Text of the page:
Of those traveling to more distant centers, the most important factors associated with greater travel distance were older age (β=0.28; 95% CI, 0.27–0.28), high-volume hospital (β=0.13; 95% CI, 0.12–0.14), and academic hospital status (β=0.08; 95% CI, 0.07–0.08; Table 3).
Increased life expectancy, population aging, and limited resources are serious challenges to health care systems. Selecting the correct paradigm of stroke care resource management (centralized versus global investment) is important to efficiently and effectively deliver care. Understanding patient travel patterns and choice of stroke care centers aids in this decision. Any investment should promote equal access to care across all SES strata.
We found that half of patients accessed their closest center and half traveled to more distant centers. All SES quintiles tended to seek specialized stroke care at academic or high-volume centers, both perceived to provide greater quality of care and better outcomes. Rural residents were more likely to choose the closest center, likely because of greater distances to larger centers than for urban residents. These findings were increased further when traveling by ambulance.
Median additional travel for stroke patients receiving care at more distant hospitals was 7.2 km, creating delay in initial assessment and care. SES had minimal effect on additional distance traveled, suggesting stroke patients have equal access to acute care facilities.
Expert hospitals (high-volume and academic) were associated with greater travel distances, likely because of increased complexity of offered services and presumed higher quality of care, encouraging longer travel. Older patients may travel farther because of need for expert (often more distant) care because of a greater number of comorbidities (Supplemental Materials for interpretation of results).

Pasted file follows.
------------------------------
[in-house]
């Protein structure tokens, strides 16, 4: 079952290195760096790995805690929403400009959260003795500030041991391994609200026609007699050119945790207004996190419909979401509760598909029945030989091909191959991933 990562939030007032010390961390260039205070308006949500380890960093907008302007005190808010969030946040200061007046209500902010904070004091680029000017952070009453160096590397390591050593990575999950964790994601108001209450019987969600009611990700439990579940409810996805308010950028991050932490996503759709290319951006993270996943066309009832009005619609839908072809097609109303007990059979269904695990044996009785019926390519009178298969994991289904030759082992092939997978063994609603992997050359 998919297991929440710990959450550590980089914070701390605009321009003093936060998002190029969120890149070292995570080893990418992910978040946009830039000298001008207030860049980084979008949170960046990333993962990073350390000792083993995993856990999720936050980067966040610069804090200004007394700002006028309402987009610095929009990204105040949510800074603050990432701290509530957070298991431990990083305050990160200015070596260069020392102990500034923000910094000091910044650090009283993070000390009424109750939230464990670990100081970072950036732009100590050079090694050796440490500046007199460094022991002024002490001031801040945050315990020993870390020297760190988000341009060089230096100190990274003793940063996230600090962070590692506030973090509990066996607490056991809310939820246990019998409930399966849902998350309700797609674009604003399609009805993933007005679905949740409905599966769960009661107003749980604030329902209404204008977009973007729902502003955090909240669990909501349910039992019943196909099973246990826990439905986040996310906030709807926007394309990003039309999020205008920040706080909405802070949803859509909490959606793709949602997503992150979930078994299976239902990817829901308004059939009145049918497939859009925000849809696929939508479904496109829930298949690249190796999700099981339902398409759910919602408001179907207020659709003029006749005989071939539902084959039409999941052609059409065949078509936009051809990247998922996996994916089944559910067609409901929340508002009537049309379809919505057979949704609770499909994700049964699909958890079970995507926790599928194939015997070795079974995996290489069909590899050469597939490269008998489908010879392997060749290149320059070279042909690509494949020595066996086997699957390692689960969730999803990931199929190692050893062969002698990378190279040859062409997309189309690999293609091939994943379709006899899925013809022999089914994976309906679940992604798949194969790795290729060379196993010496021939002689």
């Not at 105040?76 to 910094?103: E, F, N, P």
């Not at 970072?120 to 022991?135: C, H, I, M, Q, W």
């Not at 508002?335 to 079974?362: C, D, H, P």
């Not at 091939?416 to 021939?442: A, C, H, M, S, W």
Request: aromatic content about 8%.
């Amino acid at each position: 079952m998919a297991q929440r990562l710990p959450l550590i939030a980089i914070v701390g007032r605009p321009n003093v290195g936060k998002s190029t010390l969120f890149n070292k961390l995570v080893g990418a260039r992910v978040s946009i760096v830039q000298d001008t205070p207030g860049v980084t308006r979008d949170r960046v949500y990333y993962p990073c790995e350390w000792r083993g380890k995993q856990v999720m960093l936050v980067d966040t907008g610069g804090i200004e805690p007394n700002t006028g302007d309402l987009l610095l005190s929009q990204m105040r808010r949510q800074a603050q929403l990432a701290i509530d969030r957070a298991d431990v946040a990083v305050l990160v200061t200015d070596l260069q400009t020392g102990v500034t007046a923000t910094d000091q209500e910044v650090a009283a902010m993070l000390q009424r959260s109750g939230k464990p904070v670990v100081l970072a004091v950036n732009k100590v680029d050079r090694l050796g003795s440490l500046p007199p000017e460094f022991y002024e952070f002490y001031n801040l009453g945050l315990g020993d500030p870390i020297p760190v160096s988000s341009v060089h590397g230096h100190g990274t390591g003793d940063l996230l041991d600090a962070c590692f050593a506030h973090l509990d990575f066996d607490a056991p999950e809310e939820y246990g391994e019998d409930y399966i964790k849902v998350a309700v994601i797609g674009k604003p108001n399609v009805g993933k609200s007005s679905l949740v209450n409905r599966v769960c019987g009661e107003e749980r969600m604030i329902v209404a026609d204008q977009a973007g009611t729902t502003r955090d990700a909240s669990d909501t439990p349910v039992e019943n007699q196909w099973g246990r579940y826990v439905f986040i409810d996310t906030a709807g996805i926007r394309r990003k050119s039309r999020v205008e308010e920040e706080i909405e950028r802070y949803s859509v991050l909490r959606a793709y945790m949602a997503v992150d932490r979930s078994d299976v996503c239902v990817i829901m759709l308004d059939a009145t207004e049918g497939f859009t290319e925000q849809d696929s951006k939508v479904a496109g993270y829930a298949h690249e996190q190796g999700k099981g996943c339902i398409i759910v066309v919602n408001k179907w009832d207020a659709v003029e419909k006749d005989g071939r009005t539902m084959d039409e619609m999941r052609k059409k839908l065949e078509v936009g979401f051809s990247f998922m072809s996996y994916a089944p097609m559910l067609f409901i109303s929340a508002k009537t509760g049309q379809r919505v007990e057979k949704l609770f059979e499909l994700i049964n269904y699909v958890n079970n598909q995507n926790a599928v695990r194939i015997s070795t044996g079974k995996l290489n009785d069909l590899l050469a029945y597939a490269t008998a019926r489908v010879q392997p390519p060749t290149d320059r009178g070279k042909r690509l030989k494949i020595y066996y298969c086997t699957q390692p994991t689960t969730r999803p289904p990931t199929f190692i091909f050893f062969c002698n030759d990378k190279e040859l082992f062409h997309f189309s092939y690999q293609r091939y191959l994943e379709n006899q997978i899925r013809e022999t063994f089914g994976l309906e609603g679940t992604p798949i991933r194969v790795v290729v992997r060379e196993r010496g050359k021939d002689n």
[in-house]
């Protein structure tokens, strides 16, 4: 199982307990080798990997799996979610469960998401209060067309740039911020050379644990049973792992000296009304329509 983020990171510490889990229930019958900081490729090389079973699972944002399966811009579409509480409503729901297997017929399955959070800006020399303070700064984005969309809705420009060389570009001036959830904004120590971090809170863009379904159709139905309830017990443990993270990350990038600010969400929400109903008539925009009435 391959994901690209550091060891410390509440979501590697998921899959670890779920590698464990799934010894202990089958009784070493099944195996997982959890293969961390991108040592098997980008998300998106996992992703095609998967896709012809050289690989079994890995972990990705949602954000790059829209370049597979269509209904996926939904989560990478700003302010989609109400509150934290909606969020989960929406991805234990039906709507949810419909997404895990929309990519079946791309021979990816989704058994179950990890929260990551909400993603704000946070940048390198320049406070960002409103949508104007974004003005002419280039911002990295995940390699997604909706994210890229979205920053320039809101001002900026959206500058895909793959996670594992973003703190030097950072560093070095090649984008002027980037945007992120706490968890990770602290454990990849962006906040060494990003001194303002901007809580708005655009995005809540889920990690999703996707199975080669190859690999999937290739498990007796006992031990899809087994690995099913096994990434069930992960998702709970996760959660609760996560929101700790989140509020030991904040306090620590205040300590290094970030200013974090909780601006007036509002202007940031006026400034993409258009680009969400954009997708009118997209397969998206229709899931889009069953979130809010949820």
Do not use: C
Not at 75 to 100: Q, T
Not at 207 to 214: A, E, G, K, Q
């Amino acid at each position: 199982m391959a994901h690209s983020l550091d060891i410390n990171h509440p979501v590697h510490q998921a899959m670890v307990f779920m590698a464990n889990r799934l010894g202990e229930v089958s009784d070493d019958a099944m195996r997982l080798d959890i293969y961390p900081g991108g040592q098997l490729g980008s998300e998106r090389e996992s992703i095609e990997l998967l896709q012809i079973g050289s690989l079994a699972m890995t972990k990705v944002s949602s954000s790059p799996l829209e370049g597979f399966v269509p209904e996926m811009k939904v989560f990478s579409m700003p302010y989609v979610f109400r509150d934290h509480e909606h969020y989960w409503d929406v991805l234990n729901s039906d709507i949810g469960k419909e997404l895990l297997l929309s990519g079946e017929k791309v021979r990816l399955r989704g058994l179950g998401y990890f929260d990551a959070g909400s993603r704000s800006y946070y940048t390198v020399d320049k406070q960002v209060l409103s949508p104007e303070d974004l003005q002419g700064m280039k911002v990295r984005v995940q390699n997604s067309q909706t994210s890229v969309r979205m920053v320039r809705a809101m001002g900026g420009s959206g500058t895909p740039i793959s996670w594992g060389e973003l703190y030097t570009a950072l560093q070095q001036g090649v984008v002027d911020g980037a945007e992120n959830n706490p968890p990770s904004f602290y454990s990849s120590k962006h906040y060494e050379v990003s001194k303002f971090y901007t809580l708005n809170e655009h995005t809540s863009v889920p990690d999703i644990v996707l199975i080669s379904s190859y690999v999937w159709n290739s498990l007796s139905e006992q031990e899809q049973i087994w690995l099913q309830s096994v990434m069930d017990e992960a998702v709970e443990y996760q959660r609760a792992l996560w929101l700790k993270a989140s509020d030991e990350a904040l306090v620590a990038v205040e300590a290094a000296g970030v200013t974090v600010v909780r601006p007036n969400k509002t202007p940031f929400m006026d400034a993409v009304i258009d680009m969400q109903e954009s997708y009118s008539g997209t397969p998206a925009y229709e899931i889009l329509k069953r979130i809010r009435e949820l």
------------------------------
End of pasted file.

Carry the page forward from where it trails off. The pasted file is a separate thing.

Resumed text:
Together, these results suggest the need for investment in greater numbers of regional stroke care centers providing the expertise patients seek with reduced travel distances. Currently, resources are well-distributed to limit major disparities between SES quintiles.
Limitations of the study, use of postal code areas, and SES surrogates are discussed in detail in the supplemental file (Supplemental Methods). Despite these limitations, our study presents a novel analysis looking into the relationship between SES, stroke patient travel patterns, and associated outcomes.
Sources of Funding
Dr. Saposnik was supported by the Clinician Scientist Award from Heart & Stroke Foundation Ontario. Chris Ahuja is supported by the John F Sparks Studenship Award of Queen's University.
The authors thank the Canadian Institute for Health Information (CIHI) for their support through the Graduate Student Data Access Program (GSDAP).
The online-only Data Supplement is available at http://stroke.ahajournals.org/lookup/suppl/doi:10.1161/STROKEAHA.111.635045/-/DC1.
The Stroke Outcomes Research Canada working group (SORCan–www.sorcan.ca).
- Received August 4, 2011.
- Accepted August 18, 2011.
- © 2012 American Heart Association, Inc.
Median age, Canada, 1901–2011. Statistics Canada web site. Available at: http://www12.statcan.ca/English/census01/products/analytic/companion/age/cdamedaget.cfm. Accessed May 10, 2011.